5‑Minute Animation Maps 2,600 Years of Western Cultural History

Work­ing with his col­leagues, Max­i­m­il­ian Schich, an art his­to­ri­an at the Uni­ver­si­ty of Texas at Dal­las, took Free­base (Google’s “com­mu­ni­ty-curat­ed data­base of well-known peo­ple, places, and things”) and gath­ered data on 150,000 impor­tant artists and cul­tur­al fig­ures who lived dur­ing the long arc of West­ern his­to­ry (6oo BCE to 2012). The schol­ars then mapped these fig­ures’ births and deaths (blue=birth, red=death) and traced their move­ments through time and place. The result is a 5‑minute ani­ma­tion (above), show­ing how the West­’s great cul­tur­al cen­ters shift­ed from Rome, even­tu­al­ly to Paris (cir­ca 1789), and more recent­ly to New York and Los Ange­les. Maps doc­u­ment­ing the flow of ideas and peo­ple in oth­er geo­gra­phies will come next.

Accord­ing to NPR, “The mod­els [used to cre­ate the videos] are the lat­est appli­ca­tion of a rapid­ly grow­ing field, called net­work sci­ence — which uses visu­al­iza­tions to find the under­ly­ing pat­terns and trends in com­plex data sets.” And they could yield some unex­pect­ed insights into the his­to­ry of migra­tion — for exam­ple, even with the advent of planes, trains and auto­mo­biles, mod­ern artists don’t move too much far­ther from their birth­places (an aver­age of 237 miles) rel­a­tive to the art­sy types who lived in the 14th cen­tu­ry (133 miles on aver­age).

A com­plete report on the project was pub­lished in the jour­nal Sci­ence by Schich and his col­leagues. Unfor­tu­nate­ly you’ll need a sub­scrip­tion to read it.

via NPR/Nature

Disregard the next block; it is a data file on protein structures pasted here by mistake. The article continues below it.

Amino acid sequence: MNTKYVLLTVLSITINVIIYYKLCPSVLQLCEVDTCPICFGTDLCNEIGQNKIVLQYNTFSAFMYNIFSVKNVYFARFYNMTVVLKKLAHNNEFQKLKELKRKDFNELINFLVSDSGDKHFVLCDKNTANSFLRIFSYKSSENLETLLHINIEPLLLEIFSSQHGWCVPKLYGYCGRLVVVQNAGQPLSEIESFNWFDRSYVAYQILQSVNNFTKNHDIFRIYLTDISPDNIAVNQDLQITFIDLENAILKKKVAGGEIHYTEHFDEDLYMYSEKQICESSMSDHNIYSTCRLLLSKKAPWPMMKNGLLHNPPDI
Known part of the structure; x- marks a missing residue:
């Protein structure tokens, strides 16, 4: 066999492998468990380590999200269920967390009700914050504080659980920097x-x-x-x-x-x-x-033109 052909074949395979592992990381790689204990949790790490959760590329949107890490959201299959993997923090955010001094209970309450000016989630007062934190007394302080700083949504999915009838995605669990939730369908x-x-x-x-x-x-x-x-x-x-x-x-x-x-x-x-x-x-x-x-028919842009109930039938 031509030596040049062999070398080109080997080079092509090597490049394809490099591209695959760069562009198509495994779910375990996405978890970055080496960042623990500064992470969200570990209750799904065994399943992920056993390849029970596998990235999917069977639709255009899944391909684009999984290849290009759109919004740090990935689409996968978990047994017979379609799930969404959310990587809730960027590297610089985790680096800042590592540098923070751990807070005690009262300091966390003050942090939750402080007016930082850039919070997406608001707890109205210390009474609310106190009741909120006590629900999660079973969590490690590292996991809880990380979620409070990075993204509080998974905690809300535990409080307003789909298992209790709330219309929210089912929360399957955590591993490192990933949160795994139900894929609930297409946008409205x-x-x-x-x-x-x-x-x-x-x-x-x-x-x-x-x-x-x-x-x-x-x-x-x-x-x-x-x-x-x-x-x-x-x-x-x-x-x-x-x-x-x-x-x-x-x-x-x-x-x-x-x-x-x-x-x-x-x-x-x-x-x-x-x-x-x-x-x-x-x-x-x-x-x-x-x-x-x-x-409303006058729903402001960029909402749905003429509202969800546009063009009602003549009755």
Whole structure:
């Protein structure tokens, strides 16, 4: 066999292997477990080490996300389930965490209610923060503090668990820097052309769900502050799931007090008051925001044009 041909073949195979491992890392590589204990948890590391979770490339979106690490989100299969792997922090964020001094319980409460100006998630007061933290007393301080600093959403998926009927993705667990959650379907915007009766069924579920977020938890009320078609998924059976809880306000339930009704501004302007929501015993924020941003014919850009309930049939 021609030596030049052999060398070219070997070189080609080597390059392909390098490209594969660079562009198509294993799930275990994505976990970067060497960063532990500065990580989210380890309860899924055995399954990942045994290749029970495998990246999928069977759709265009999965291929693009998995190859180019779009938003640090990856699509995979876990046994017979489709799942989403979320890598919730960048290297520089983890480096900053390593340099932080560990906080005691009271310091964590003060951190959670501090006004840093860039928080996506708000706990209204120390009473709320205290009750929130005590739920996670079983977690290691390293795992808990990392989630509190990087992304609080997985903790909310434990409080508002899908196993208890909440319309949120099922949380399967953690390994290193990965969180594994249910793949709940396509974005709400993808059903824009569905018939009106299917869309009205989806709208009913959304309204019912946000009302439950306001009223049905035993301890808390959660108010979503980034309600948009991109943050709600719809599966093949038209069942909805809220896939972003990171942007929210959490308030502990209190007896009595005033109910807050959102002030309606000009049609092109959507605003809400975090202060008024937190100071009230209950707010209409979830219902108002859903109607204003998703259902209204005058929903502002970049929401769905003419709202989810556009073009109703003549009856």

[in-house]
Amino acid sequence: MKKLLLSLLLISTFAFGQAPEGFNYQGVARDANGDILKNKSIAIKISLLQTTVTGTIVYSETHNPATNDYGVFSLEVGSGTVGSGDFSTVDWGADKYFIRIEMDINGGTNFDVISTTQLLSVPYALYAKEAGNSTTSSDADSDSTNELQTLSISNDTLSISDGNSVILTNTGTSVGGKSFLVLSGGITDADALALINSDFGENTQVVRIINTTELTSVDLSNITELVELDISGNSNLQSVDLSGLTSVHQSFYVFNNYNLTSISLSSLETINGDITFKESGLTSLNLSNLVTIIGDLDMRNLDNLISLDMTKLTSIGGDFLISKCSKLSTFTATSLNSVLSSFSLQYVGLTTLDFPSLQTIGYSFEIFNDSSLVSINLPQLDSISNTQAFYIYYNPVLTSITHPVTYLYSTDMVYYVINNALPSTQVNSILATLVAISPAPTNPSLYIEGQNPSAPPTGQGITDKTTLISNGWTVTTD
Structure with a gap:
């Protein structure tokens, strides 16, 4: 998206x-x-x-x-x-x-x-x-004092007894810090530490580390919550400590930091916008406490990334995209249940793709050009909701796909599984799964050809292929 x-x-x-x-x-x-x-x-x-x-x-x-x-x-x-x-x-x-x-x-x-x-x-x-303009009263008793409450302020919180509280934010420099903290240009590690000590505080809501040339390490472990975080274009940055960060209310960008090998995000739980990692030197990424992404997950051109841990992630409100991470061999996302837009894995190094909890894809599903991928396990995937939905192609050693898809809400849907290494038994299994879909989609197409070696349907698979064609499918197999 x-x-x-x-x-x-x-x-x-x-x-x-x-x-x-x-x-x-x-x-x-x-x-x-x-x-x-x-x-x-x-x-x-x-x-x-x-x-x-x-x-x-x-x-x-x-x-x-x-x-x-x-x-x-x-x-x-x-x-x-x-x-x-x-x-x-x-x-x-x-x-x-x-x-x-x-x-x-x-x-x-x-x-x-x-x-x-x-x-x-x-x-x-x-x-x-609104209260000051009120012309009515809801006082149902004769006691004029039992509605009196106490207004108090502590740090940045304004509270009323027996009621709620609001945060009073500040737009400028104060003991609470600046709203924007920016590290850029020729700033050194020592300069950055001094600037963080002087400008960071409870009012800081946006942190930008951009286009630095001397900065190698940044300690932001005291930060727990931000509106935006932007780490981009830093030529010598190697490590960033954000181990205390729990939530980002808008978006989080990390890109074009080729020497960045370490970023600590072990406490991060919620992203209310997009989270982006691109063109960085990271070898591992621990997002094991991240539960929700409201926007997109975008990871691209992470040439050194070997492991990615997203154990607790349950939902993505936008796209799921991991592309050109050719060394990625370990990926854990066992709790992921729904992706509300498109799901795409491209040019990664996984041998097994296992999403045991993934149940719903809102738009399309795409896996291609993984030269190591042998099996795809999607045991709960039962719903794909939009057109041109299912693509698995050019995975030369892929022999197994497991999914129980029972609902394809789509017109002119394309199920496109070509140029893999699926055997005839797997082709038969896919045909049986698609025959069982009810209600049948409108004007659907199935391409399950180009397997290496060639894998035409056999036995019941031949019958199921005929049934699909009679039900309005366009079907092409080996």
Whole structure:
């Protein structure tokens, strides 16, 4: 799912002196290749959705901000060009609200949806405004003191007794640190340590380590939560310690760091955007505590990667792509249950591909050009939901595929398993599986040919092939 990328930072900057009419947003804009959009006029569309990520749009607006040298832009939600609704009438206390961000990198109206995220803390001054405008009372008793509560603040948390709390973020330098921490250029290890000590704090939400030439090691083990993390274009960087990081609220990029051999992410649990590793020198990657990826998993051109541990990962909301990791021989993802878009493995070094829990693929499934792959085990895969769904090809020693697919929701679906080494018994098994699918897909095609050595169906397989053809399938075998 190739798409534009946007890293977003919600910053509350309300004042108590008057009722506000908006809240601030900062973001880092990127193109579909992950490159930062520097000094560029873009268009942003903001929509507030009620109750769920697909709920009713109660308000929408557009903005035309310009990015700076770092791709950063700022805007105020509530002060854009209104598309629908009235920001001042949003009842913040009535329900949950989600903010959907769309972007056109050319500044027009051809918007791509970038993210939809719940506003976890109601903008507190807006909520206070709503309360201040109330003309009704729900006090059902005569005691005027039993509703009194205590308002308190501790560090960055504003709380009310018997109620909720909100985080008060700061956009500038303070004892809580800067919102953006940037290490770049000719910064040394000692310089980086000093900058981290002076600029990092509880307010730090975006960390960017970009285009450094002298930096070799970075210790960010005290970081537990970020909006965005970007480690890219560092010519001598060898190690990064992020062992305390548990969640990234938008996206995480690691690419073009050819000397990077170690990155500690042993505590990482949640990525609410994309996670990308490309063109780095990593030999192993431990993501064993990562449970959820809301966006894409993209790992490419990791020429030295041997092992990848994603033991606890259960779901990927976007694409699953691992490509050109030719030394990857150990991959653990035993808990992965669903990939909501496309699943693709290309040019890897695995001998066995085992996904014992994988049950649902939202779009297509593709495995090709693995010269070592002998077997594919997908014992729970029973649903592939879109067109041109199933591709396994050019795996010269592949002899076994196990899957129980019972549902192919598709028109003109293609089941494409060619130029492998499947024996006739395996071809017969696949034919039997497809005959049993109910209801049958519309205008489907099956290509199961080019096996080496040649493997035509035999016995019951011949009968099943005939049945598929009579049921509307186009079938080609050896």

Relat­ed Con­tent:

Social Media in the Age of Enlight­en­ment and Rev­o­lu­tion

Free Online His­to­ry Cours­es

Euro­pean Cul­tur­al His­to­ry in 91 Free Lec­tures by George Mosse

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Comments (3)
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  • Sam Anderson says:

    Nice­ly done, but lacks the inter­con­nect­ed­ness of sub­sa­hara Africa and the pharaon­ic empires’ impact on Greco­Ro­man cul­ture. In addi­tion, does not show the inter­con­nec­tion between the chat­tel slav­ery peri­od (1444–1888) and the rise of “New World” cul­ture… As well as the impact of wip­ing out the indige­nous pop­u­la­tion of the Amer­i­c­as. Remem­ber: racism/white suprema­cy played a cen­tral role in influ­enc­ing “West­ern Cul­ture” on a glob­al scale.

    Last­ly, this map­ping makes Africa and Latin Amer­i­ca look like cul­tur­al vac­u­ums nei­ther receiv­ing nor trans­mit­ting cul­tur­al values/products.

  • Art Serotoff says:

    Stun­ning tech­nol­o­gy; an incred­i­ble tool. To extend Sam’s com­ments, it would be a ter­ri­ble injus­tice and hor­ri­ble gap in inquiry if the pur­suit of “cul­ture” end­ed here. In addi­tion to Africa and Latin and South Amer­i­ca, the near and far east are miss­ing too. It is dif­fi­cult for me to swal­low an ani­mat­ed map of cul­ture with­out see­ing the con­tri­bu­tions and effects of Tim­buk­tu, Chi­na, India, Peru, Mex­i­co, Guata­mala, etc.

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